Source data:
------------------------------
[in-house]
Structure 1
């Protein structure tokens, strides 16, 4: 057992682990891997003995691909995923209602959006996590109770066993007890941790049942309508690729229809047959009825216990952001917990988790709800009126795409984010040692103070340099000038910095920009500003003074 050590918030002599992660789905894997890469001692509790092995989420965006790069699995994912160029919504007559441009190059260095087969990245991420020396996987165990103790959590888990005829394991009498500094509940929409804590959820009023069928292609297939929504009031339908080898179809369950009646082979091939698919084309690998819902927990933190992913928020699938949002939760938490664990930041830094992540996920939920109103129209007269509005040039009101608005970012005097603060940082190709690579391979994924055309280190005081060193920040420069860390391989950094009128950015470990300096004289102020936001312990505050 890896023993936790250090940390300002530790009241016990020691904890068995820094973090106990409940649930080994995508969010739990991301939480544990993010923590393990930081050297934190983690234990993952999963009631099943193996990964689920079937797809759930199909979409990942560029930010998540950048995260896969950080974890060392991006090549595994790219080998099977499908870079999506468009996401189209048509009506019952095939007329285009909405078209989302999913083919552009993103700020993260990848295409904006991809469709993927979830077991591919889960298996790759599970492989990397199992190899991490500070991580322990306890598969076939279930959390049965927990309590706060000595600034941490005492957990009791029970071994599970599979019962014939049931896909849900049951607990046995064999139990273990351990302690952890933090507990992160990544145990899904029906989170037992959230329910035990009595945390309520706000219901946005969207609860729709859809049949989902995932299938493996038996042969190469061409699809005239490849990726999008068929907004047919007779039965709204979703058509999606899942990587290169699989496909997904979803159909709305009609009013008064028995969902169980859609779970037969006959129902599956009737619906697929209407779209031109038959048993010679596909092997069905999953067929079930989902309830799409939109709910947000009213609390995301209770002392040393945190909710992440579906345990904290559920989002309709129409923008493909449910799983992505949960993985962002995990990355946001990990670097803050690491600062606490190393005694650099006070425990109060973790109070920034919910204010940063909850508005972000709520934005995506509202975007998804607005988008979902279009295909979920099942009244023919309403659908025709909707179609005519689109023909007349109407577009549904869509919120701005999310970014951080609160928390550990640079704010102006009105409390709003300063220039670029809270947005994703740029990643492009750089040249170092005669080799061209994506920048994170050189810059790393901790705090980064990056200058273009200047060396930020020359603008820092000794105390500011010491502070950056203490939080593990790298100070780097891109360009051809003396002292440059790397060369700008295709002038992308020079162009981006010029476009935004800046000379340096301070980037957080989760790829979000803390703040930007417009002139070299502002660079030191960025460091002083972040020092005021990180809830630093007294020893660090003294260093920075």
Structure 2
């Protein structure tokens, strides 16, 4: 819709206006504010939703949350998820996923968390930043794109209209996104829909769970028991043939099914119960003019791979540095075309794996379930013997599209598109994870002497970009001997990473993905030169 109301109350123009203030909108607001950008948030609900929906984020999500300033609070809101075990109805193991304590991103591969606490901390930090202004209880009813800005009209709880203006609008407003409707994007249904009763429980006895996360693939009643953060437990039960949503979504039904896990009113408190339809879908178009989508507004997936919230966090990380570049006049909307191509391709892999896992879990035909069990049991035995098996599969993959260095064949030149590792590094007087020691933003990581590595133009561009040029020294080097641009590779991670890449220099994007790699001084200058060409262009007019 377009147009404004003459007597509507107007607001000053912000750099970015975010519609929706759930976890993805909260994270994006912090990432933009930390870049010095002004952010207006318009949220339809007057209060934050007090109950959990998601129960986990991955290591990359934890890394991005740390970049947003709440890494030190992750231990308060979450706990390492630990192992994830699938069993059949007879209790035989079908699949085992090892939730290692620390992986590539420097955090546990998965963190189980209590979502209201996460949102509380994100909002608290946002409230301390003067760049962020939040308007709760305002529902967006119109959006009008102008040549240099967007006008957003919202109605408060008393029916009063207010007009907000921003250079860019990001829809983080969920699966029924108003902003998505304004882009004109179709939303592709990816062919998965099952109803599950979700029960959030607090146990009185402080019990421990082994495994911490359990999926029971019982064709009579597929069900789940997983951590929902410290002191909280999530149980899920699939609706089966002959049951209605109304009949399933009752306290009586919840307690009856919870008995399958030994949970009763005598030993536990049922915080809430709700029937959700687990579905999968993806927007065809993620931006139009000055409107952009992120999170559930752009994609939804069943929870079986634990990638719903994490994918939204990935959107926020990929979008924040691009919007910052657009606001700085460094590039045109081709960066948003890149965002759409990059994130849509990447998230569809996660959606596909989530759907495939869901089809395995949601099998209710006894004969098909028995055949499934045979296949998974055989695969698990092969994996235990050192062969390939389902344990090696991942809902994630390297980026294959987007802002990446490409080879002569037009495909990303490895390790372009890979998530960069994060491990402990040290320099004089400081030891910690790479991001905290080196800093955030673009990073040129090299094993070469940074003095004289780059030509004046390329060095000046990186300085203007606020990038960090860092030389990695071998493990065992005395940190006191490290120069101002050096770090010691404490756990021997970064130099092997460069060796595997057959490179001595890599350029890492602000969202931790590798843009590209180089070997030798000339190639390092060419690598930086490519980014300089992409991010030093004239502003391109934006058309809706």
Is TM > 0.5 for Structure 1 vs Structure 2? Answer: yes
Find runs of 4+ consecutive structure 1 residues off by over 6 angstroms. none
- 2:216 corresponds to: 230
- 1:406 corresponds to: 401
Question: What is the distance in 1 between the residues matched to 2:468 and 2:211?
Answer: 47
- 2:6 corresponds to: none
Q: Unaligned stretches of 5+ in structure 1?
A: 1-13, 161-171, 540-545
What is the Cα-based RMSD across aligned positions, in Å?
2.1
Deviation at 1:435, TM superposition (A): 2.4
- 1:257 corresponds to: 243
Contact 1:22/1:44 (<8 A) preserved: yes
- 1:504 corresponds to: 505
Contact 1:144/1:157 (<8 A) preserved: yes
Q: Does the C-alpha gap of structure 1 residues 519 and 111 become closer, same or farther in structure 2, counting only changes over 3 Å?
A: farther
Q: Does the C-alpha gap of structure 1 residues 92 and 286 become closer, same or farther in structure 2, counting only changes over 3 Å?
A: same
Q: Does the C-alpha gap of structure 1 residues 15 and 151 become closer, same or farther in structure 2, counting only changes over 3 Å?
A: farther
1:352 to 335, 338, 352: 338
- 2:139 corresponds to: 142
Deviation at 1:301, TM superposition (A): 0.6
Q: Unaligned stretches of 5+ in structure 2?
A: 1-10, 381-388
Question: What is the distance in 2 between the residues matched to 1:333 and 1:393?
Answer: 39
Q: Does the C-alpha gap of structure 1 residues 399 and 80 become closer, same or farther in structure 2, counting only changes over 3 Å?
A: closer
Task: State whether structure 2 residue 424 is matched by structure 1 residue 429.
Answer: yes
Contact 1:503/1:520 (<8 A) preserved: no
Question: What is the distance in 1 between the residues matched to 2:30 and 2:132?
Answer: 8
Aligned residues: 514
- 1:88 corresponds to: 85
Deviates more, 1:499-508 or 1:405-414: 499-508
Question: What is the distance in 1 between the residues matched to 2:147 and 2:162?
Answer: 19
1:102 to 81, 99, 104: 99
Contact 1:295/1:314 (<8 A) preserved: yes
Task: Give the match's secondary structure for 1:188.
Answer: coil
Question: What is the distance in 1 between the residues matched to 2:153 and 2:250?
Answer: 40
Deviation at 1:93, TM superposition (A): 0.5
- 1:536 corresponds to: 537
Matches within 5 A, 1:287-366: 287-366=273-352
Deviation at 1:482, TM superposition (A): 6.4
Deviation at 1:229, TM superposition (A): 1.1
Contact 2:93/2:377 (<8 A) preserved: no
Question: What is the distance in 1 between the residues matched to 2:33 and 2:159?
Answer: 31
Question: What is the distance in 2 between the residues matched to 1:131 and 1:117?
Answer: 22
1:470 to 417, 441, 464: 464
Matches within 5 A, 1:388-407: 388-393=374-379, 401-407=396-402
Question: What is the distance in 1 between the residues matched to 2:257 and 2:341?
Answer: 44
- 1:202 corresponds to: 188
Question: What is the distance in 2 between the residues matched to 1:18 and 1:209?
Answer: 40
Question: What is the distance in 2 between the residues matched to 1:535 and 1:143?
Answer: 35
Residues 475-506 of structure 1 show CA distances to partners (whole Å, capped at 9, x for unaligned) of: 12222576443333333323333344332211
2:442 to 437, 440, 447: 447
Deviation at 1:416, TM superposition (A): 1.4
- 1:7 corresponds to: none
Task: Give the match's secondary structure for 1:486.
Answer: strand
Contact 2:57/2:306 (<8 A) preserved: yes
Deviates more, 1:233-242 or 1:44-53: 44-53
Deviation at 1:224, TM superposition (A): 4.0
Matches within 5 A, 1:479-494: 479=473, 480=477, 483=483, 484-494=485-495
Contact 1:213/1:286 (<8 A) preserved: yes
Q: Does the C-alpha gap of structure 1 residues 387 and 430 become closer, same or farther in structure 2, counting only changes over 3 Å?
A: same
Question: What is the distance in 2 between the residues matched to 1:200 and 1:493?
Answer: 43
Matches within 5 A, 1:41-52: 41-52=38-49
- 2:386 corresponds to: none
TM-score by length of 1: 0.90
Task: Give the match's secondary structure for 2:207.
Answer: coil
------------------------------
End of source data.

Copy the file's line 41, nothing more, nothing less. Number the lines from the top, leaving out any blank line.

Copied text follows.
Answer: 8